Josh Glasstetter, <email@example.com>, asks:
> I'm really confused as to what extropians mean by libertarianism.
No doubt it means different things to different people. I would prefer to call the philosophy "individualism", the belief that to the maximum extent possible, people should be free to make their own individual decisions about how they live their lives.
Where I disagree with the left is in the question of whether businesses are also to be considered as having this right. It seems to me that since businesses are composed of people working together in a common enterprise, that their individual rights to make decisions do not vanish. It is the same for one man who wants to cut down a tree in his back yard as for a million who want to form a company to cut down a forest they own. In neither case do I have the right to make them stop. I can try to persuade them to stop, I can join together with others who value trees so that we can buy them ourselves, but I can't come and tie the hands of the people holding the axes.
Josh also posts R.U. Sirius' Revolution Party platform.
Many aspects of the platform are attractively libertarian. Broadly, the reduce government interference and give individuals more freedom to live their lives in the manner they see fit:
> We will repeal five times as many laws as we pass. We need to simplify
> and clarify the rules of the game. We will do a better job of enforcing
> and obeying a few reasonable rules than thousands upon thousands of
> incomprehensible statutes.
> End all corporate welfare. Let allegedly free-enterprise stand on its
> own two feet.
> Legalize most pleasure drugs, prostitution, and gambling. Institute a
> 'sin tax,' taxing these activities at 100% to make up for some of the
> funds lost as the result of #3. Use part of this tax income to make
> counseling and rehabilitation easily available in all locales.
> No Federal Personal Income Taxes for individuals with incomes of less
> than $100,000. Encourage states and counties to also end taxation of
> middle-class and poor individuals. Institute a flat tax on income over
These may not be exactly what I would want to see, but they are a step in the right direction.
In other areas, the platform calls for increased government power and interference in private decisions:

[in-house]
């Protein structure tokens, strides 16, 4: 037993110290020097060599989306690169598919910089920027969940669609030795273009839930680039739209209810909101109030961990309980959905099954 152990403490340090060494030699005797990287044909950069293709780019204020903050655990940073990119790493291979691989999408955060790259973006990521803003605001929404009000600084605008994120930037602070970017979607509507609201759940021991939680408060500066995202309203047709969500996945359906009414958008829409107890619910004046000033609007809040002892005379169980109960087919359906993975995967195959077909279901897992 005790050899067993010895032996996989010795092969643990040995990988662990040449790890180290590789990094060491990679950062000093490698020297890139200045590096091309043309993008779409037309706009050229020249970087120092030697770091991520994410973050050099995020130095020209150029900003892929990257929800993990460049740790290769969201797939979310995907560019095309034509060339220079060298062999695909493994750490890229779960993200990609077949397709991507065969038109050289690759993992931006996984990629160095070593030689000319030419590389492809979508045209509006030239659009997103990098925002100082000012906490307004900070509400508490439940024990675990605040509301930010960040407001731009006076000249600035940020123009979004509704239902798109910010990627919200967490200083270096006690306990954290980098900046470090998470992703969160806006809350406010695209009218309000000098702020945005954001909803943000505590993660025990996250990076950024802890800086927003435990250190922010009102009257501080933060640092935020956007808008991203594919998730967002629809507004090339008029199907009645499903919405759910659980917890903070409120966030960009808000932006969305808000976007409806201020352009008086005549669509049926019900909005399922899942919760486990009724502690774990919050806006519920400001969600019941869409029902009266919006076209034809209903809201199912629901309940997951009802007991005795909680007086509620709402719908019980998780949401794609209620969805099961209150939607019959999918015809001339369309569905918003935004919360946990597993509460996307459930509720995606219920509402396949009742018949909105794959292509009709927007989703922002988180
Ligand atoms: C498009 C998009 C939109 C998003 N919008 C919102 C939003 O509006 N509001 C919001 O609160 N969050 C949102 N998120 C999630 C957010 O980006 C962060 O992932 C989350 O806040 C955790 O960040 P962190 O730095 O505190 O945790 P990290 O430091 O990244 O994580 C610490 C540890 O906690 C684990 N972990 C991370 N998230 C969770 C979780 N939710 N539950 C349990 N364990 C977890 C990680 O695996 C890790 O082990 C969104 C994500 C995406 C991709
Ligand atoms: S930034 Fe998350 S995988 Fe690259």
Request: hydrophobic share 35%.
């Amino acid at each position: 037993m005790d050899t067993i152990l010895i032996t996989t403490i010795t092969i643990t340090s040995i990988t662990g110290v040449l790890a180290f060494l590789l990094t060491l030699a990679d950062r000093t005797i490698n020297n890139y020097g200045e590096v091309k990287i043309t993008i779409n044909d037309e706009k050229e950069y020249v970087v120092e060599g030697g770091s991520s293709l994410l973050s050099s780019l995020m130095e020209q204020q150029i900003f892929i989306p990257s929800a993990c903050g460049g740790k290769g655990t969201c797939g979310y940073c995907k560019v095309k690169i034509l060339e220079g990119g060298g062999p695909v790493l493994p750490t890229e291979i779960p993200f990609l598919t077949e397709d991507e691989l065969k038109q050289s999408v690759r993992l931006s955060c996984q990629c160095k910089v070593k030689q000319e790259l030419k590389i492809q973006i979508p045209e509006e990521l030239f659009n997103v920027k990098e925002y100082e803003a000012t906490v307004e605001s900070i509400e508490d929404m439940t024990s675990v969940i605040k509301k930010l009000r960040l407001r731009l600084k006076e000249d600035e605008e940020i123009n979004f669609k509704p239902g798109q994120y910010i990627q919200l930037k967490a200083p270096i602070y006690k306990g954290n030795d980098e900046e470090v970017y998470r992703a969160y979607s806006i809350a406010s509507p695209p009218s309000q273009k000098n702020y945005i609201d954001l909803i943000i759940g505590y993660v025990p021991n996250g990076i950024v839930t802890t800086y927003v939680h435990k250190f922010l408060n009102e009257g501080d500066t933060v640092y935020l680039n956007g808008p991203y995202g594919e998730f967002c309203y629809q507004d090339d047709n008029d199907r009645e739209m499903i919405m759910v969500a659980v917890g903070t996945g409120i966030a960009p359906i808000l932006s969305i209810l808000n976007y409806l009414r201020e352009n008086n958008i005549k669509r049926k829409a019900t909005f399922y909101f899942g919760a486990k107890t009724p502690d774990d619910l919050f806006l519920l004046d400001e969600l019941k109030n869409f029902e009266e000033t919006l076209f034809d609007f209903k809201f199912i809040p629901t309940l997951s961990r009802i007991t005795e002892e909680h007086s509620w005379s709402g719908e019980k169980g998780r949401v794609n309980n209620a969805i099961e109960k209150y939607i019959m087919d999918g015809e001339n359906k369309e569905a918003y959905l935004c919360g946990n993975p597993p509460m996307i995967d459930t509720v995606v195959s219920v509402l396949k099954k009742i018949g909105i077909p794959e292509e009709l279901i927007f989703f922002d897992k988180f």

> Put environmental concerns before profits and jobs. On the other hand, put
> scientific consensus and reason ahead of emotion-based environmentalism.
I read this as asking for the power to force people to treat their property according to the wishes of others, as in the tree cutting example above.
> Open federally-funded birth control clinics all across the country,
> guaranteeing women in every locale reasonable access to her legal right
> to abortion and other forms of birth control.
It is morally repugnant to take taxes from people who view birth control as a sin and abortion as murder, and use their taxes to fund these very activities. I don't agree with these views, but I respect the right of people to hold them. To the maximum extent possible, we should try to structure society to respect all such views. The religious right should not be able to stop people from having abortions, but by the same token they should not be forced to fund them, either. This is an obvious compromise, and it is frustrating that both sides are so blind to it.
> Re-establish social services at pre-Reagan levels, for starters.
This is an interesting one because I don't know whether this calls for an increase or a decrease! The document straddles libertarian and leftist views so I don't know how to interpret it.
On the libertarian side, this could be an acknowledgement that much of the vaunted Reagan "shrinkage of government" was mere rhetoric, that government grew under Reagan and has continued to grow since. Shrinking social services to 1980 levels would be in keeping with other aspects of the platform which call for reducing the size and power of government.
On the leftist side this could represent an acceptance of the image of Reagan as a cruel, insensitive slasher of needed government programs, and a call to return to an attitude of government as a last-resort protector from cradle to grave.
The last few platform elements, the call to make money "consistent with actual value" and to fund a "Manhattan Project towards Utopia", are vague and confusing. I doubt much would come of them.